linux users: You can start getting scared now.

Discussion in 'Computer Support' started by john, Apr 10, 2006.

  1. john

    john Guest

    Cross Platform Virus Created

    http://www.neowin.net/index.php?act=view&id=32744

    I have said before and I am not changing this statment:
    If linux gets as many users as windows, then viruses will be written for it
    also.
    There is no OS that is immune to the stupidity of some geeks.

    --
    Kenny - www.ComputerBoom.com

    "Any sufficiently advanced technology is indistinguishable from magic."

    -Arthur C. Clarke
    --
     
    john, Apr 10, 2006
    #1
    1. Advertising

  2. john

    7 Guest

    Re: Windoze installer is viral!!!!!!!!

    "john" <-> wrote:

    > Cross Platform Virus Created
    >
    > http://www.neowin.net/index.php?act=view&id=32744
    >
    > I have said before and I am not changing this statment:
    > If linux gets as many users as windows, then viruses will be written for
    > it also.
    > There is no OS that is immune to the stupidity of some geeks.



    The windoze installer is viral and you should not use
    it to repair windoze.
    Police need to conduct raids to arrest anyone selling
    windoze installers.
    It functions similarly to a virus and
    deletes other operating systems such as GNU/Linux while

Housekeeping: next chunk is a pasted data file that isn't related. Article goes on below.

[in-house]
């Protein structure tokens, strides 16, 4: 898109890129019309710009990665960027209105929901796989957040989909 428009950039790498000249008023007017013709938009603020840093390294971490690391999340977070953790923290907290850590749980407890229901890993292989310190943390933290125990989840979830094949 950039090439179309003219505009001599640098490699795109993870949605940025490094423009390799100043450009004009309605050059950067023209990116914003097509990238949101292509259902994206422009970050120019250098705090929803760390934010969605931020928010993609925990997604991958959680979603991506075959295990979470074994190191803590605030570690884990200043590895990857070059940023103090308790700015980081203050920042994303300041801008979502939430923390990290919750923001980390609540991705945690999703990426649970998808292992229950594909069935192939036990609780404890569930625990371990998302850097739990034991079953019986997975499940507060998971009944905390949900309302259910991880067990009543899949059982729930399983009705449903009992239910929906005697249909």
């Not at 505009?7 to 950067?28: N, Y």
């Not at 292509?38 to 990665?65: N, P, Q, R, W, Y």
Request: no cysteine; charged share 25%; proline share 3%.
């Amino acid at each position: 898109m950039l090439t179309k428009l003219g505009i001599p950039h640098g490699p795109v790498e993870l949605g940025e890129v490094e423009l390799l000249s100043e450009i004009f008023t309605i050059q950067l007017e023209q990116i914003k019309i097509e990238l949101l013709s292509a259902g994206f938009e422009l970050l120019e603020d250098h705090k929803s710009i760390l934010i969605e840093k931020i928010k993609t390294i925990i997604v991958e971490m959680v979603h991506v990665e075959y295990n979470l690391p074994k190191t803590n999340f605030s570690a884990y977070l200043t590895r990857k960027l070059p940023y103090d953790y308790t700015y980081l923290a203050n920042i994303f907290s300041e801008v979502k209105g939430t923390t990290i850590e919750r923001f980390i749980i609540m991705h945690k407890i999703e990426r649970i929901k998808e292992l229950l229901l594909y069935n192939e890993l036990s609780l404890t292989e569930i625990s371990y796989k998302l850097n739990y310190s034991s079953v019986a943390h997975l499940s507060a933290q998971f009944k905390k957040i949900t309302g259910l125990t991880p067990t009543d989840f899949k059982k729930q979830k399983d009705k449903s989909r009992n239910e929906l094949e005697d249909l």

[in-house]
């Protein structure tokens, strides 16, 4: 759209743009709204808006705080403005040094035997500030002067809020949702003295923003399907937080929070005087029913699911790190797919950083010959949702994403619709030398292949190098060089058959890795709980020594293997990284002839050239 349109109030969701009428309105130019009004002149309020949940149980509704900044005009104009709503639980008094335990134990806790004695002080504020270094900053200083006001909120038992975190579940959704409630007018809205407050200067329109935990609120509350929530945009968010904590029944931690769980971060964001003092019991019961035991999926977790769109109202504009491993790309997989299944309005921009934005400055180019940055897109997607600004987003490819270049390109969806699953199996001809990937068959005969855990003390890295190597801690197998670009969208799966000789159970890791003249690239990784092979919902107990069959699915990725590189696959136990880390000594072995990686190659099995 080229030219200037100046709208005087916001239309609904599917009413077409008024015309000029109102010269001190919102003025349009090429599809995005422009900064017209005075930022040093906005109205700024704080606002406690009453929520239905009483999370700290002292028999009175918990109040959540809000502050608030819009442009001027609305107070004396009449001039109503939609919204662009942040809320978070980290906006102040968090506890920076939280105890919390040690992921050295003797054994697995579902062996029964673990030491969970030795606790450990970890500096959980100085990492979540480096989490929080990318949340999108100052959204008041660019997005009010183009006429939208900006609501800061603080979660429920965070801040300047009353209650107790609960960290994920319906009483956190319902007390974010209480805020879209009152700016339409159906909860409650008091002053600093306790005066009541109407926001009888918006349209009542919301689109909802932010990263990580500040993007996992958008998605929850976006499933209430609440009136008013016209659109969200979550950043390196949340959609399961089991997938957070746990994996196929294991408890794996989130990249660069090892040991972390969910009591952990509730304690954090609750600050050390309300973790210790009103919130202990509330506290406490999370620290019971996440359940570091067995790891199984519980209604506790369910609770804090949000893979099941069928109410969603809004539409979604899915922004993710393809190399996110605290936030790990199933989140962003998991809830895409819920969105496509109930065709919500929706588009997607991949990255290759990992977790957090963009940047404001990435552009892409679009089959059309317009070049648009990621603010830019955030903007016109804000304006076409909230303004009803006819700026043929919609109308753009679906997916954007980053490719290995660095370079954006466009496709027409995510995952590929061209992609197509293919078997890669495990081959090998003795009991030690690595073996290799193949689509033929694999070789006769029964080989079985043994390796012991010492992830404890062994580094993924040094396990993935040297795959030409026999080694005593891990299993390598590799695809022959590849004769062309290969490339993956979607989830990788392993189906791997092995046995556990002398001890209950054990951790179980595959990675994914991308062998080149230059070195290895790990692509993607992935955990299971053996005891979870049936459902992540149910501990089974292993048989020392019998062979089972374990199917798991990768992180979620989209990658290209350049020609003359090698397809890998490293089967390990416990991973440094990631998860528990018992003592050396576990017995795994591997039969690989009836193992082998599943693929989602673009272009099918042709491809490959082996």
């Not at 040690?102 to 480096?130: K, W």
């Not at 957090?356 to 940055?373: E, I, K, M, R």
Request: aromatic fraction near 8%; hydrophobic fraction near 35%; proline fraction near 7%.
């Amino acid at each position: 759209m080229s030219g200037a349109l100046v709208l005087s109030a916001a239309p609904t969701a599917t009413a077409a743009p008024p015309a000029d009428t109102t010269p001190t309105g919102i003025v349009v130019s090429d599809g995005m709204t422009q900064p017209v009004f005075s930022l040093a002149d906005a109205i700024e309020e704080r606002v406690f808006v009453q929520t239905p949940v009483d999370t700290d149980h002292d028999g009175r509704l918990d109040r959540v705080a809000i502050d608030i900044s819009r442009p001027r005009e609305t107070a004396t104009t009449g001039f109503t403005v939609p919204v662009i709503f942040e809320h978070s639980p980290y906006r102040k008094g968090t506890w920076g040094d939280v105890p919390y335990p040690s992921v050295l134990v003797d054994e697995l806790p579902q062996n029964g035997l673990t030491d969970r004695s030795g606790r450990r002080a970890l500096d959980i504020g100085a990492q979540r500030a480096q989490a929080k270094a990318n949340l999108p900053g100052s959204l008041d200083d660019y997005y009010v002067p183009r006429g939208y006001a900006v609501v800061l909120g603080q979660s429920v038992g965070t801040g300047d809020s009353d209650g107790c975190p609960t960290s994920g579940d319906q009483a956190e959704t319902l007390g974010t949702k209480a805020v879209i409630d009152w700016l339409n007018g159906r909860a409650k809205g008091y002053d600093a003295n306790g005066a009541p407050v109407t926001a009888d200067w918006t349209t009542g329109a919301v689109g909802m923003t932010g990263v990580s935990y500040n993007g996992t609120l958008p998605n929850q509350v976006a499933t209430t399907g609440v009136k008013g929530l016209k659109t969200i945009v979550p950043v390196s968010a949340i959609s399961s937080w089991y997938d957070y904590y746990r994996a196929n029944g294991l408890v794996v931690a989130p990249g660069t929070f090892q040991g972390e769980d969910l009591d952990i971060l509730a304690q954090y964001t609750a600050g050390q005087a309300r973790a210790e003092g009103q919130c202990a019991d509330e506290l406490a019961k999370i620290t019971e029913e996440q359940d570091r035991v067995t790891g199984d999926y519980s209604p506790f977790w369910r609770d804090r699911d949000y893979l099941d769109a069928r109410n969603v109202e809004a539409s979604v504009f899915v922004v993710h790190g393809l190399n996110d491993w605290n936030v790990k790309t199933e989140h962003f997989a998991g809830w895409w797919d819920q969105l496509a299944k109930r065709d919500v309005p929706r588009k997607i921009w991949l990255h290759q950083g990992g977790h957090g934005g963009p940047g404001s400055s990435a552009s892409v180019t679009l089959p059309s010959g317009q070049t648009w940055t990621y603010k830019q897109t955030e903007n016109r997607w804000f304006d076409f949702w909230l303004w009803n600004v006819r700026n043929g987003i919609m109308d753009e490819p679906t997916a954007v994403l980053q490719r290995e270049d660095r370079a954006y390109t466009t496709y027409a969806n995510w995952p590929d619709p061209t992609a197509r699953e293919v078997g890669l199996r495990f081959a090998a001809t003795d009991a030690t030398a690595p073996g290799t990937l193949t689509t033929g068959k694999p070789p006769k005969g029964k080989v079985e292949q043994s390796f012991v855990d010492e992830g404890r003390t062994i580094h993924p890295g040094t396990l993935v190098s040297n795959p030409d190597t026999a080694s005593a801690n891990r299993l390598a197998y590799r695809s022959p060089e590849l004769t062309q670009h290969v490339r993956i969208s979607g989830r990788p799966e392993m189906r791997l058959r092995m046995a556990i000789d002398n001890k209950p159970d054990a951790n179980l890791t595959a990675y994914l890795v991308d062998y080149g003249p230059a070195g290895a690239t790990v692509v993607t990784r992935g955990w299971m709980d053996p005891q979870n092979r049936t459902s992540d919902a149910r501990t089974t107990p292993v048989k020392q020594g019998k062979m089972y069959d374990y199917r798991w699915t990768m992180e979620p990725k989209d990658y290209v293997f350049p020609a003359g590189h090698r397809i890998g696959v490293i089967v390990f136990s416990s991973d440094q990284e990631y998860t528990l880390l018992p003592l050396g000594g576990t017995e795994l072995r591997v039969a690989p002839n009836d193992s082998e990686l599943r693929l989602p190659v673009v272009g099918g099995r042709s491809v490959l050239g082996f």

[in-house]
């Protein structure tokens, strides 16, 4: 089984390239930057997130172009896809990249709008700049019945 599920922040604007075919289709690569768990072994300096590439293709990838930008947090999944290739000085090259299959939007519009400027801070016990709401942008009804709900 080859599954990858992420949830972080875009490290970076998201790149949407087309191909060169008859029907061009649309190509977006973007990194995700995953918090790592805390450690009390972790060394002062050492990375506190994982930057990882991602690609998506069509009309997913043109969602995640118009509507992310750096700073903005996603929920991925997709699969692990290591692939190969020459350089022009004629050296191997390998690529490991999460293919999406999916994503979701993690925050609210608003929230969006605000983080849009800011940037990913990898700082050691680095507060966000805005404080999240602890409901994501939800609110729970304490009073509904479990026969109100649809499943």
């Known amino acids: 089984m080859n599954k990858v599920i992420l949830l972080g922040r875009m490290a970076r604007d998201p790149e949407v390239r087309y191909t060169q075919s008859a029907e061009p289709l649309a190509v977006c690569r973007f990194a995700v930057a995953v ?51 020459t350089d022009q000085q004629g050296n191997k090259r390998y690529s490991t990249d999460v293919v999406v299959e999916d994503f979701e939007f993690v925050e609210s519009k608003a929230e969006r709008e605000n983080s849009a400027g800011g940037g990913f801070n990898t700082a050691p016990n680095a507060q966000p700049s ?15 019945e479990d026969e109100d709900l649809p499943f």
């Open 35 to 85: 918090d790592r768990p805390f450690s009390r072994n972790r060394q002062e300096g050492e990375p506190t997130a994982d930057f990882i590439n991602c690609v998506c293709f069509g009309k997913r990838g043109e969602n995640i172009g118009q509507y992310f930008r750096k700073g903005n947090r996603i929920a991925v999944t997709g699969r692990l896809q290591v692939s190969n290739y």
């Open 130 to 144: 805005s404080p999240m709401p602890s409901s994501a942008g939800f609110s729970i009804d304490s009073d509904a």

SuSE Linux and Ubuntu picks up other Linux installs and windoze
    and does not delete them.
     
    7, Apr 10, 2006
    #2
    1. Advertising

  3. john

    john Guest

    Re: Windoze installer is viral!!!!!!!!

    Yes you are correct. If you install windows on a second partition after you
    install linux it erases the boot manager of linux. You can boot with the
    linux cd and
    repair it though in most cases...at least thats what I did with suse or
    mandrake, if I can recall... if I am
    mistaken correct me.
    I usually install linux as a second OS after windows... so I have not done
    that many times.
    I have used a bootmanager www.osloader.com that is very good and
    solves all those problems



    --
    Kenny - www.ComputerBoom.com

    "Any sufficiently advanced technology is indistinguishable from magic."

    -Arthur C. Clarke
    --
    "7" <> wrote in message
    news:JlA_f.51152$...
    > "john" <-> wrote:
    >
    >> Cross Platform Virus Created
    >>
    >> http://www.neowin.net/index.php?act=view&id=32744
    >>
    >> I have said before and I am not changing this statment:
    >> If linux gets as many users as windows, then viruses will be written for
    >> it also.
    >> There is no OS that is immune to the stupidity of some geeks.

    >
    >
    > The windoze installer is viral and you should not use
    > it to repair windoze.
    > Police need to conduct raids to arrest anyone selling
    > windoze installers.
    > It functions similarly to a virus and
    > deletes other operating systems such as GNU/Linux while
    > SuSE Linux and Ubuntu picks up other Linux installs and windoze
    > and does not delete them.
    >
    >
     
    john, Apr 10, 2006
    #3
  4. john

    Whiskers Guest

    On 2006-04-10, john <-> wrote:
    > Cross Platform Virus Created
    >
    > http://www.neowin.net/index.php?act=view&id=32744
    >
    > I have said before and I am not changing this statment: